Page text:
Load balancing is something that every large organization needs, but not everyone is aware that it’s even a concept. In a nutshell, load balancing is the process of distributing network traffic across various servers. Ideal for large websites, applications, and databases, load balancing ensures that no single server carries all the load. By way of load balancers, the work is spread evenly across servers, resulting in application responsiveness. It also improves the availability of applications and websites for users. In fact, most apps and websites these days cannot function without the help of load balancers.
All About Load Balancers
Load balancers are responsible for figuring out which servers can handle incoming traffic. It acts like virtual traffic police, ensuring that there’s a smooth flow of requests and information to and from the website or application. Load balancers also manage the flow of information between the server and the device, be it smartphone, laptop, PC, tablet, or IoT device.
Wherever the server may be — in a data center or the cloud — the load balancer helps them move data efficiently, optimize the use of application delivery resources, and avoid server overloads. Additionally, they also perform a health check on servers to ensure that they are capable of handling incoming requests. If the load balancer spots a faulty server, it removes it from the traffic until it is fully restored.
In the past, load balancers were only a hardware appliance, but thanks to technological advancements, they are becoming software-defined.
An Overview of the Types of Load Balancers
Network load balancer: this type of load balancer performs routing arrangements at the transport layer and controls millions of requests per second. After it accepts a connection, it picks a target from the group for the default rule enforcing a flow hash routing algorithm. It also attempts to open a TCP connection to the chosen target and sends requests without changing the headers.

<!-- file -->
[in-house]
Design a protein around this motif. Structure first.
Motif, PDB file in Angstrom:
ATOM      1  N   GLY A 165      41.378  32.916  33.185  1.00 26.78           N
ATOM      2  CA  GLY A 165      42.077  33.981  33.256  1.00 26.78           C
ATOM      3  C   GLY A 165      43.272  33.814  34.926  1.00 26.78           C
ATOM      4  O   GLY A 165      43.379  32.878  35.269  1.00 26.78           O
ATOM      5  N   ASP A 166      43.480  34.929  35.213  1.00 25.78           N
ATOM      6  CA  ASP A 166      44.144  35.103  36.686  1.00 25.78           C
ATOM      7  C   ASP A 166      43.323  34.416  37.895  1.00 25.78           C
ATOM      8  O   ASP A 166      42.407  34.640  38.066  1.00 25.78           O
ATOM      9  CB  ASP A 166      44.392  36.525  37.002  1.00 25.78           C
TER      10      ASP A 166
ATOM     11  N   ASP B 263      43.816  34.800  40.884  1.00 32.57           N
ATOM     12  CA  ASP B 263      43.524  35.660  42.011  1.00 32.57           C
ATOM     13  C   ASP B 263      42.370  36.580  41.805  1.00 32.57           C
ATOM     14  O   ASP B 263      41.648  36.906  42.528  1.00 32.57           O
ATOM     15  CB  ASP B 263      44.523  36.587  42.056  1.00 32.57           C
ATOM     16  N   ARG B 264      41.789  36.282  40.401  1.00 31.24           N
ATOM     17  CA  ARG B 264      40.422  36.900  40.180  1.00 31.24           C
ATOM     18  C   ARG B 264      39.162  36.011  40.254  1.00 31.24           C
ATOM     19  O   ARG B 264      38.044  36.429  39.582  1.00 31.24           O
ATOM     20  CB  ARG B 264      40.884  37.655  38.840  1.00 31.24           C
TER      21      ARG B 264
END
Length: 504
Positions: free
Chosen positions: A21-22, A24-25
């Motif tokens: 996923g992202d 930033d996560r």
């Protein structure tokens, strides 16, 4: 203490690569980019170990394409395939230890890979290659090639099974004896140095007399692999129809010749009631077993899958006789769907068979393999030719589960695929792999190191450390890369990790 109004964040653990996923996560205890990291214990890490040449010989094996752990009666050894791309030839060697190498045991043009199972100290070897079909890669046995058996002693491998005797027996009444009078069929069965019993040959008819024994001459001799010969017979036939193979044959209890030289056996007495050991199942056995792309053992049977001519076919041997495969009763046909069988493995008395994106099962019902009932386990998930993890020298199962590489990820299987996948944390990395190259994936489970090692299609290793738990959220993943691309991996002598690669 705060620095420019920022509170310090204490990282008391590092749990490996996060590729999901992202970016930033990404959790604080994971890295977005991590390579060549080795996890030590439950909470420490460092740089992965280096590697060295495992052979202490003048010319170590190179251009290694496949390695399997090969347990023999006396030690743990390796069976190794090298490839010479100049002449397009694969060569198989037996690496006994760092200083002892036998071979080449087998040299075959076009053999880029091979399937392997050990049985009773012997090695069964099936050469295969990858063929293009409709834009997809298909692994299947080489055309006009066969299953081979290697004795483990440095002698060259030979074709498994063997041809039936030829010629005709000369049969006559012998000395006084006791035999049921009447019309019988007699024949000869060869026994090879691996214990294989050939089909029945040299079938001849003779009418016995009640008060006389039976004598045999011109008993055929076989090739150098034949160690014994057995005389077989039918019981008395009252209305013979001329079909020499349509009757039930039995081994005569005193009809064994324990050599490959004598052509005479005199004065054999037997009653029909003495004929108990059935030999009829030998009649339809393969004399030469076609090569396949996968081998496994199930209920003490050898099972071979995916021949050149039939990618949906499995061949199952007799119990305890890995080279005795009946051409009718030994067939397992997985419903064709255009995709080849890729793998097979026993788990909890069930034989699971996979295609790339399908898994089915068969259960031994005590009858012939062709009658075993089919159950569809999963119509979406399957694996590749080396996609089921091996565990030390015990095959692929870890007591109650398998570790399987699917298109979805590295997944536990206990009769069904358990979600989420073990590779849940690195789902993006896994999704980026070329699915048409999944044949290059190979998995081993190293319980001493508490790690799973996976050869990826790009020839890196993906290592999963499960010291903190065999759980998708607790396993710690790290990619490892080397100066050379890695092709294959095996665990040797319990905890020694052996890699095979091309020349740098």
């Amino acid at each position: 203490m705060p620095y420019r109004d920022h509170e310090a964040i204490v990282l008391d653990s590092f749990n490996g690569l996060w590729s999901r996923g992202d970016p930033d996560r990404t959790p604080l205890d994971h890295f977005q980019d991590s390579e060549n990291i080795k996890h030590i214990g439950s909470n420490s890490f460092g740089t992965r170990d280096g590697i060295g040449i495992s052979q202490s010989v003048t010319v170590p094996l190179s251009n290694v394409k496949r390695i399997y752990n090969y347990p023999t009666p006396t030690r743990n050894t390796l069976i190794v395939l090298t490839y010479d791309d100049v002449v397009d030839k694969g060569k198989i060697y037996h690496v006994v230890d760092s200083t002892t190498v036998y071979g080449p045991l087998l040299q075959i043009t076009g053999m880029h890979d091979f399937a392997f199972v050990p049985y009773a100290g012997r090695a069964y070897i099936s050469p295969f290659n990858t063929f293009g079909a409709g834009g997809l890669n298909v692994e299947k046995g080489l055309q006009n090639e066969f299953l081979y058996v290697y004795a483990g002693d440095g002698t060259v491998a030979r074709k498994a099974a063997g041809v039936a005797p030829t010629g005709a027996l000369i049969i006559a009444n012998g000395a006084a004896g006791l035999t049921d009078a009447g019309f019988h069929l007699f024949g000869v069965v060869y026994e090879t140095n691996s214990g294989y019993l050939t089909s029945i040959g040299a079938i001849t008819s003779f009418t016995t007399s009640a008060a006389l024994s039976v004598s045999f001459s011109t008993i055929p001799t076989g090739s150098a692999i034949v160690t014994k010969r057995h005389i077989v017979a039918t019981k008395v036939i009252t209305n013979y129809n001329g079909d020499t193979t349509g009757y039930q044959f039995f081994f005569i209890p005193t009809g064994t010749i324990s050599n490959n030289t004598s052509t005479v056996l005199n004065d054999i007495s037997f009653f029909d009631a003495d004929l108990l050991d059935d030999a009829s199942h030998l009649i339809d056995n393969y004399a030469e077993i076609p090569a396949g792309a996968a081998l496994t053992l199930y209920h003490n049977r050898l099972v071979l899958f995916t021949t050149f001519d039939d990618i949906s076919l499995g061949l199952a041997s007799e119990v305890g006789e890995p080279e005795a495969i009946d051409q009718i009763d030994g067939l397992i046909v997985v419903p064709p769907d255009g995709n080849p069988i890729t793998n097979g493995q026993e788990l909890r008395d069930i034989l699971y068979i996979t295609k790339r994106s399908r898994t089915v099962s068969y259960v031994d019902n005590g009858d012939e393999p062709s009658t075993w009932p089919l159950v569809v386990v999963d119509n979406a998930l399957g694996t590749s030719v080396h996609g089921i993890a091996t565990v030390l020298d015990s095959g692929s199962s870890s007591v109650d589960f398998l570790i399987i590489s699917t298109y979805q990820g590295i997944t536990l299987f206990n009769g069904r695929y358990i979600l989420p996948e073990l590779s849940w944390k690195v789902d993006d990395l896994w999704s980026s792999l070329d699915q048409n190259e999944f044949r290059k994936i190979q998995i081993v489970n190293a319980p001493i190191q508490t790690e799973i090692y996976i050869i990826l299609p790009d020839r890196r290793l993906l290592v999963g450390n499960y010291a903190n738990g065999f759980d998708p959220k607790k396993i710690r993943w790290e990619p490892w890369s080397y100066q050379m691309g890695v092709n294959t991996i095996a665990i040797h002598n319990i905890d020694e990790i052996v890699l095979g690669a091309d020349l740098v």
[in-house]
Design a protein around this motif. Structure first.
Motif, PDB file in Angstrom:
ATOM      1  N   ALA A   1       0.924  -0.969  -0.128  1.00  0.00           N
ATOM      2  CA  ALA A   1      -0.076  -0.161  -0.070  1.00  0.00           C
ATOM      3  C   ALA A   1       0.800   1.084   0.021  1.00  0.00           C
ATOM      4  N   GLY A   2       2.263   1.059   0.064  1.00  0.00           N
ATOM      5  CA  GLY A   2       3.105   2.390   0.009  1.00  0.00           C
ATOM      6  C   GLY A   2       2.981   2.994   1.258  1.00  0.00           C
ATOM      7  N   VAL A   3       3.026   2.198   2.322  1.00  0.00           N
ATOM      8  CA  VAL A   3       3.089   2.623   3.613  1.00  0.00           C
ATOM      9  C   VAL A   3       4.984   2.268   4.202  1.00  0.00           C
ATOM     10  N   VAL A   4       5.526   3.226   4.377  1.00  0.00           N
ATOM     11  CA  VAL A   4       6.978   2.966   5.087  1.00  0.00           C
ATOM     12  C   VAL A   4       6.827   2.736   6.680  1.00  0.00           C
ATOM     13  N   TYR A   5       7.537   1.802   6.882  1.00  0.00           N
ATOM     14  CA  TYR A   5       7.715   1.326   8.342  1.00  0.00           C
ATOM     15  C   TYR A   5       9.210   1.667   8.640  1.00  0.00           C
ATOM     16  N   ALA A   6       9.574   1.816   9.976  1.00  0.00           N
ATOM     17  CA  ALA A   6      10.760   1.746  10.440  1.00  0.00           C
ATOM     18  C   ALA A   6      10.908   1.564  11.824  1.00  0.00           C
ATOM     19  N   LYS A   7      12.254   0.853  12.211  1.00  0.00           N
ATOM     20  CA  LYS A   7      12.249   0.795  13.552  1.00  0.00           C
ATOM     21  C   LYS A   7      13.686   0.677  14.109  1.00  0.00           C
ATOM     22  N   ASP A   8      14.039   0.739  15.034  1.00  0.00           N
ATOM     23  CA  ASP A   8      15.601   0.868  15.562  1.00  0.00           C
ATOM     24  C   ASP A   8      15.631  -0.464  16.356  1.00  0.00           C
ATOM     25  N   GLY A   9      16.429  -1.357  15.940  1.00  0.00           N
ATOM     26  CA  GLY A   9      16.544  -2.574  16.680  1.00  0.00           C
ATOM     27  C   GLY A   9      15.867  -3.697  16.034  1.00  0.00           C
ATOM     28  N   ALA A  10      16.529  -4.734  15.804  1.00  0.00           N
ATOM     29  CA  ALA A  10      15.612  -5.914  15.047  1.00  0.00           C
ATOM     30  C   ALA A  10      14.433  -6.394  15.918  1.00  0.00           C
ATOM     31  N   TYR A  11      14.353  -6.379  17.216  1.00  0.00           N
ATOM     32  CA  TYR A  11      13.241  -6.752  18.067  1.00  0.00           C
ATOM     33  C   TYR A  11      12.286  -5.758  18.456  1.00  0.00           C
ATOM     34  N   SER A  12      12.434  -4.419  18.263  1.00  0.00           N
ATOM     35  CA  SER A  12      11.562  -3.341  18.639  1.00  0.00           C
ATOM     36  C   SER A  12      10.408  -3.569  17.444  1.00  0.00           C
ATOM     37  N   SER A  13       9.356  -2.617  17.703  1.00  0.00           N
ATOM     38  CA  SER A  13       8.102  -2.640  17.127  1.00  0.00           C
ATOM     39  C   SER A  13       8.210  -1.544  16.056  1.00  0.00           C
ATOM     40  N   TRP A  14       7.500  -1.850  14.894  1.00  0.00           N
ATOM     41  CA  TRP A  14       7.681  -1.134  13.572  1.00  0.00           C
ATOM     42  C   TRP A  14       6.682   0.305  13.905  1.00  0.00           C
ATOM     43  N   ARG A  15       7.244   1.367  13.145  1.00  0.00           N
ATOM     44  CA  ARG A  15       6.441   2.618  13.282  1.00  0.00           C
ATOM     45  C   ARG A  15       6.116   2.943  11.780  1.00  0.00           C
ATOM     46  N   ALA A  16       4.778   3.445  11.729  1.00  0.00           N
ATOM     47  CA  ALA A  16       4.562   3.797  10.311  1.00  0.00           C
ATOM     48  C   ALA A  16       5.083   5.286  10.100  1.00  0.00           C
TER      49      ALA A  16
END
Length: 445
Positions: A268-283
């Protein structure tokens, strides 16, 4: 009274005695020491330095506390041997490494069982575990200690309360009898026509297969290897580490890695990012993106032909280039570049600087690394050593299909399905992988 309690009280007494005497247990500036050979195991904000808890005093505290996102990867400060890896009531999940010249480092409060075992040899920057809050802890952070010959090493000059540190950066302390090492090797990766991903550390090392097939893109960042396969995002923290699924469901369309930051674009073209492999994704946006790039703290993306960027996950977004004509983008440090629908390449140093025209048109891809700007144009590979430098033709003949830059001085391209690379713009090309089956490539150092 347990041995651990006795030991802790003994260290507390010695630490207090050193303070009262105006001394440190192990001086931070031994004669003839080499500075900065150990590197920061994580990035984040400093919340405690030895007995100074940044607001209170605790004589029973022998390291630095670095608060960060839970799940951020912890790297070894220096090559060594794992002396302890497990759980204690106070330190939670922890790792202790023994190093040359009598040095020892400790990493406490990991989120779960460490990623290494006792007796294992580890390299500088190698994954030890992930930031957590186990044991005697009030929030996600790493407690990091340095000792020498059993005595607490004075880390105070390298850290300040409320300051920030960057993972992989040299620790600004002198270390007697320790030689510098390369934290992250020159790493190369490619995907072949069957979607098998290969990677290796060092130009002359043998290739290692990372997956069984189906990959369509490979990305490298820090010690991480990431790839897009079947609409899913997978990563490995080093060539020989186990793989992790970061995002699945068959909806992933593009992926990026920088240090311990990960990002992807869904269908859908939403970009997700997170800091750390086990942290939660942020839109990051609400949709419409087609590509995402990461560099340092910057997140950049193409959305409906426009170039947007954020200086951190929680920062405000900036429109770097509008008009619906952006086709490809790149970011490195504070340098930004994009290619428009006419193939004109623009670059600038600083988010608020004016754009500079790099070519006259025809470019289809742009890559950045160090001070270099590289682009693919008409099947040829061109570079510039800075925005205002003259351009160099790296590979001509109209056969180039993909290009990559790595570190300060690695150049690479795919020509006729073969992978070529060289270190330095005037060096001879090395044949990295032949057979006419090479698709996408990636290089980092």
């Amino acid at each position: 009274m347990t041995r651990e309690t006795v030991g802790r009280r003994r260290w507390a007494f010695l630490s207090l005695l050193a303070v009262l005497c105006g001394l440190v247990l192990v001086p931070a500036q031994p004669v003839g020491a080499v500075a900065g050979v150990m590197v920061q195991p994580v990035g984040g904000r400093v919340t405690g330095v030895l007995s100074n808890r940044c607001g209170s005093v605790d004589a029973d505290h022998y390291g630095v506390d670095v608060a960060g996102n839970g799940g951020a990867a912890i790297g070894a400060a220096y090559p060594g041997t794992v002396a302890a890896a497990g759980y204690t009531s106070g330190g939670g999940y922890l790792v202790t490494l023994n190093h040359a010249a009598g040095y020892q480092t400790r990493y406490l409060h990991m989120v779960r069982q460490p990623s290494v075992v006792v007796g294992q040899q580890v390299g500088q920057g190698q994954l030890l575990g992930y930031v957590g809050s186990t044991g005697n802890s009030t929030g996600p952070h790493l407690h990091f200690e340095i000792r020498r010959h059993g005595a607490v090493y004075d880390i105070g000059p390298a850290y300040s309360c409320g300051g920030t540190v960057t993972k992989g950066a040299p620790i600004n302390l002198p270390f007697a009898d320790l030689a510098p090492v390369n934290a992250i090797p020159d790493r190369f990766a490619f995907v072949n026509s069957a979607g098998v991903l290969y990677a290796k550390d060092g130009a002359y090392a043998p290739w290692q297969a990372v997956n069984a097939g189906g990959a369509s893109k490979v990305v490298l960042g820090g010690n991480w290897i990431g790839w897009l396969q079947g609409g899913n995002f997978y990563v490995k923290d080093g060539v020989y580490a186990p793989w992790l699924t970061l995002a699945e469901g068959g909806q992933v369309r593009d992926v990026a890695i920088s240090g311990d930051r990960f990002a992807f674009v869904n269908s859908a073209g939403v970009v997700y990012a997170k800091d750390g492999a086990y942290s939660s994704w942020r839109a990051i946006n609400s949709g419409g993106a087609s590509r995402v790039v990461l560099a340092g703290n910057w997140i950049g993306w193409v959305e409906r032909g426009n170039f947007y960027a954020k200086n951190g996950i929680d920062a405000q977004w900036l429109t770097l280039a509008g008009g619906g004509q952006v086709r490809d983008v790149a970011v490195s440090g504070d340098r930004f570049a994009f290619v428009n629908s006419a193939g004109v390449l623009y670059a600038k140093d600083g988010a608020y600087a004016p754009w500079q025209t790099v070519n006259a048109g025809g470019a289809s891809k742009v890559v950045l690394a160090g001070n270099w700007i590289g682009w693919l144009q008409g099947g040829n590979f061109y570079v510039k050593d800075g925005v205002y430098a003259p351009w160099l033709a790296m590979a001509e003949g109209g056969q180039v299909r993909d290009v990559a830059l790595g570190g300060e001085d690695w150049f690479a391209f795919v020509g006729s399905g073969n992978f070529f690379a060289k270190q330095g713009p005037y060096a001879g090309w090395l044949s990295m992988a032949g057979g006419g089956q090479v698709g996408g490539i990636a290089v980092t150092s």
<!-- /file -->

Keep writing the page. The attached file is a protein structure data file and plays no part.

Application load balancer: Hinging on routing decisions at the application layer, this type of load balancer helps path-based routing and ca route requests to one or more ports on every container in the cluster. It supports dynamic host port mapping as well. When the assignment begins, the container is recorded with the load balancer as an instance ID and port combination, and the traffic is allocated to the ID and port linked to that container.
Classic load balancer: There’s also the classic load balancer, which makes routing decisions at either the transport layer or application layer. They have a solidified relationship between the port and the container instance port. For instance, it makes so much more sense to map the load balancer port 80 to the container instance port 3030, and the load balancer port 4040 to the container instance port 4040. However, it’s not recommended to map the load balancer port 80 to 3030 on one container instance and port 4040 on another container instance. This static mapping necessitates your cluster has at least a number of container instances as the coveted count of a single service that uses a classic load balancer.
This may all sound complex at this point, but if you need further explanation as to how load balancing can benefit your business, it’s best to opt for professional help.